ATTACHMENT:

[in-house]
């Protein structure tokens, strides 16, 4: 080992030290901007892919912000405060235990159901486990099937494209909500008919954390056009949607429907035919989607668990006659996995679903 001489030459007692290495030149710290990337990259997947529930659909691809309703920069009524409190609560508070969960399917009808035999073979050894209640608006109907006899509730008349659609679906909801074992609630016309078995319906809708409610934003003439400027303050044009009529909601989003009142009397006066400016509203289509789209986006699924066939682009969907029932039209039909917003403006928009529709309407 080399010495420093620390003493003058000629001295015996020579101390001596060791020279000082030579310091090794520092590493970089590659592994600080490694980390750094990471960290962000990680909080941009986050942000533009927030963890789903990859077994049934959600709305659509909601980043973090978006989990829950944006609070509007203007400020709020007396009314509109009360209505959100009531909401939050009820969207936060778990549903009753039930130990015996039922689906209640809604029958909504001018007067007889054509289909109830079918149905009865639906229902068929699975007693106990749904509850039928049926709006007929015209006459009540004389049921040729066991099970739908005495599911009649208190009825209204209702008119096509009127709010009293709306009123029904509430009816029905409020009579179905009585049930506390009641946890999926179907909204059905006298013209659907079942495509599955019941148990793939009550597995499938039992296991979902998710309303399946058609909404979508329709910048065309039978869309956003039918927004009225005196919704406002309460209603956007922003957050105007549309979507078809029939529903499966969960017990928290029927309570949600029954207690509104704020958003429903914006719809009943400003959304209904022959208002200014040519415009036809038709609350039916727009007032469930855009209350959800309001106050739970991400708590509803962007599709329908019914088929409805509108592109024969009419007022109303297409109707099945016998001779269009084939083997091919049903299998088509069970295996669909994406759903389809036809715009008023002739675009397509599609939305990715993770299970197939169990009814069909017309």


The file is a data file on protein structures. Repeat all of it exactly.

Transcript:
[in-house]
């Protein structure tokens, strides 16, 4: 080992030290901007892919912000405060235990159901486990099937494209909500008919954390056009949607429907035919989607668990006659996995679903 001489030459007692290495030149710290990337990259997947529930659909691809309703920069009524409190609560508070969960399917009808035999073979050894209640608006109907006899509730008349659609679906909801074992609630016309078995319906809708409610934003003439400027303050044009009529909601989003009142009397006066400016509203289509789209986006699924066939682009969907029932039209039909917003403006928009529709309407 080399010495420093620390003493003058000629001295015996020579101390001596060791020279000082030579310091090794520092590493970089590659592994600080490694980390750094990471960290962000990680909080941009986050942000533009927030963890789903990859077994049934959600709305659509909601980043973090978006989990829950944006609070509007203007400020709020007396009314509109009360209505959100009531909401939050009820969207936060778990549903009753039930130990015996039922689906209640809604029958909504001018007067007889054509289909109830079918149905009865639906229902068929699975007693106990749904509850039928049926709006007929015209006459009540004389049921040729066991099970739908005495599911009649208190009825209204209702008119096509009127709010009293709306009123029904509430009816029905409020009579179905009585049930506390009641946890999926179907909204059905006298013209659907079942495509599955019941148990793939009550597995499938039992296991979902998710309303399946058609909404979508329709910048065309039978869309956003039918927004009225005196919704406002309460209603956007922003957050105007549309979507078809029939529903499966969960017990928290029927309570949600029954207690509104704020958003429903914006719809009943400003959304209904022959208002200014040519415009036809038709609350039916727009007032469930855009209350959800309001106050739970991400708590509803962007599709329908019914088929409805509108592109024969009419007022109303297409109707099945016998001779269009084939083997091919049903299998088509069970295996669909994406759903389809036809715009008023002739675009397509599609939305990715993770299970197939169990009814069909017309």